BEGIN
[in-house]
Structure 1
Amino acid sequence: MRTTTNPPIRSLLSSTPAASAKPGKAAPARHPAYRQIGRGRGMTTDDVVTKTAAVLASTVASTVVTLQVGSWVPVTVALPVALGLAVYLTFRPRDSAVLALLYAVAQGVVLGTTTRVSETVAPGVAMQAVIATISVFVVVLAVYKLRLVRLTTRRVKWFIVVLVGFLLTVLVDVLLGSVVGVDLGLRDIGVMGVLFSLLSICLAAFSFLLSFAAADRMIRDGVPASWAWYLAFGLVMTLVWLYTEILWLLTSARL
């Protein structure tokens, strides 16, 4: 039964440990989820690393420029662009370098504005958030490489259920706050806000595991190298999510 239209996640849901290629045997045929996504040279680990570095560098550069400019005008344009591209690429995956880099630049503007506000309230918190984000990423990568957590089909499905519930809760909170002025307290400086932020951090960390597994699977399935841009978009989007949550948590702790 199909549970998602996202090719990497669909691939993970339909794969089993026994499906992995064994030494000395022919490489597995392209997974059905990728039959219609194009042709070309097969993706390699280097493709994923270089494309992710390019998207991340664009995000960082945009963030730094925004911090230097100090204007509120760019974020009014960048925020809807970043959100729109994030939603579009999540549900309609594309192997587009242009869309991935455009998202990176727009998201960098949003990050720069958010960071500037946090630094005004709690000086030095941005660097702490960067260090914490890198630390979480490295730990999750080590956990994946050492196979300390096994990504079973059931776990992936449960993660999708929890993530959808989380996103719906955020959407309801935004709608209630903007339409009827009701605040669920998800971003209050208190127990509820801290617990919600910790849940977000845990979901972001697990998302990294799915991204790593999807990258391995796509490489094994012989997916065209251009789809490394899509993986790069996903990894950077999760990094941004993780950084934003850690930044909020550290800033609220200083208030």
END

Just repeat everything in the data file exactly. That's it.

[in-house]
Structure 1
Amino acid sequence: MRTTTNPPIRSLLSSTPAASAKPGKAAPARHPAYRQIGRGRGMTTDDVVTKTAAVLASTVASTVVTLQVGSWVPVTVALPVALGLAVYLTFRPRDSAVLALLYAVAQGVVLGTTTRVSETVAPGVAMQAVIATISVFVVVLAVYKLRLVRLTTRRVKWFIVVLVGFLLTVLVDVLLGSVVGVDLGLRDIGVMGVLFSLLSICLAAFSFLLSFAAADRMIRDGVPASWAWYLAFGLVMTLVWLYTEILWLLTSARL
């Protein structure tokens, strides 16, 4: 039964440990989820690393420029662009370098504005958030490489259920706050806000595991190298999510 239209996640849901290629045997045929996504040279680990570095560098550069400019005008344009591209690429995956880099630049503007506000309230918190984000990423990568957590089909499905519930809760909170002025307290400086932020951090960390597994699977399935841009978009989007949550948590702790 199909549970998602996202090719990497669909691939993970339909794969089993026994499906992995064994030494000395022919490489597995392209997974059905990728039959219609194009042709070309097969993706390699280097493709994923270089494309992710390019998207991340664009995000960082945009963030730094925004911090230097100090204007509120760019974020009014960048925020809807970043959100729109994030939603579009999540549900309609594309192997587009242009869309991935455009998202990176727009998201960098949003990050720069958010960071500037946090630094005004709690000086030095941005660097702490960067260090914490890198630390979480490295730990999750080590956990994946050492196979300390096994990504079973059931776990992936449960993660999708929890993530959808989380996103719906955020959407309801935004709608209630903007339409009827009701605040669920998800971003209050208190127990509820801290617990919600910790849940977000845990979901972001697990998302990294799915991204790593999807990258391995796509490489094994012989997916065209251009789809490394899509993986790069996903990894950077999760990094941004993780950084934003850690930044909020550290800033609220200083208030």